French publisher pulls Ilan Pappé's seminal 'Ethnic Cleansing of Palestine' book
A leading French publishing house has reportedly withdrawn copies of the book 'The Ethnic Cleansing of Palestine' from its shelves as Israel continues to pound Gaza, amid a wave of pro-Palestinian censorship in Europe.
The book has been discontinued since 7 November, French website ActuaLitté reported last week, raising eyebrows amongst customers as the book’s withdrawal came one month after Israel’s military campaign in the Gaza Strip began.
The book, authored by Israeli historian Ilan Pappé and published in 2006, is considered among the most significant works on the violent expulsion of around 720,000 Palestinians from their villages and towns in 1948 to make way for the creation of Israel.
The book has been praised for challenging the Israeli narrative on the 1948 creation of Israel - known as Nakba, or "Catastrophe" by Arabs - and has been recommended over the years for a better understanding of the mass dispossession and displacement of Palestinians 75 years ago.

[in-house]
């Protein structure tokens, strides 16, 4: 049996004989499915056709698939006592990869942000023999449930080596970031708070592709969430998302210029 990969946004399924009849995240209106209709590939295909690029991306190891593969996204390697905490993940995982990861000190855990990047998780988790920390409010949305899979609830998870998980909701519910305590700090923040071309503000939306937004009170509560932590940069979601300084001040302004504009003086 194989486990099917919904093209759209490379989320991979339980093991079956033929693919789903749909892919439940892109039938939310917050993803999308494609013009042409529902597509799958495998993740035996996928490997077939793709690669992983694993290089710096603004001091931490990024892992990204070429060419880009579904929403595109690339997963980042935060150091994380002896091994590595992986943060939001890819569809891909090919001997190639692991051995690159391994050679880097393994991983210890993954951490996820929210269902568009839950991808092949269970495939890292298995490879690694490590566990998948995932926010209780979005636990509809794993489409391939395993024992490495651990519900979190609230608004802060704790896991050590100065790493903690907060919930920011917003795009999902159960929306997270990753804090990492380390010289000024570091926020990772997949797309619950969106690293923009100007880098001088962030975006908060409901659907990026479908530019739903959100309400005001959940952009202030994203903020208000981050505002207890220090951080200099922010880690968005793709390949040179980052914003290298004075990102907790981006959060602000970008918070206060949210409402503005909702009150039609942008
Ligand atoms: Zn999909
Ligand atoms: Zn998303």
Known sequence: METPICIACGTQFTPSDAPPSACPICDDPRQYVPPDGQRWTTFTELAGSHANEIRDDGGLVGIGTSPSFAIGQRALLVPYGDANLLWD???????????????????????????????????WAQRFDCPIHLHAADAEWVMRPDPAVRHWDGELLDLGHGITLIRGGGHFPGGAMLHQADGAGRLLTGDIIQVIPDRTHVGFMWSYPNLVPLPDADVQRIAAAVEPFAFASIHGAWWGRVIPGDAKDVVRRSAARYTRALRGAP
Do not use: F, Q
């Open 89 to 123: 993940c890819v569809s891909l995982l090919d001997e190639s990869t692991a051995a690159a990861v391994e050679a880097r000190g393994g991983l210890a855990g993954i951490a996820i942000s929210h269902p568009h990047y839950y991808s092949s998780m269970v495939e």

The Paris-based Fayard had been distributing the book since 2008, and sold at least 307 copies this year, according to French data website Edistat. Around 158 copies of the book were sold between 9 October and 12 November, following the start of Israel’s brutal onslaught on Gaza, which has killed at least 18,787 Palestinians as of Thursday.
Israel has also gone on to place Gaza under a complete, siege depriving residents from basic essentials, and has targeted journalists, bombed schools, refugee camps and hospitals - which rights groups have described as tantamount to war crimes.
Maxime Lledo, head of the Press Service and Communications Director of Fayard told ActuaLitté: "Regarding this title, the contract had lapsed since February 27, 2022. The [publishing] house therefore had its last operation on November 3."
Fayard has been contacted by The New Arab for further comment but we did not receive a response at the time of publication.
Hachette Livre, Fayard's umbrella company, was bought by controversial right-wing French billionaire Vincent Bolloré in November, who has been dubbed the 'French Rupert Murdoch'.
The move also comes amid an increase in the censorship of pro-Palestinian activism in Europe and the US.
At the beginning of Israel's military campaign in October, pro-Palestinian demonstrations were initially prohibited by the French government. Rallies, however, still went ahead despite the ban.
In November, the popular channel TV5Monde "disowned" French-Algerian journalist Mohamed Kaci after he questioned the Israeli army’s spokesperson about the siege on Al-Shifa hospital in Gaza.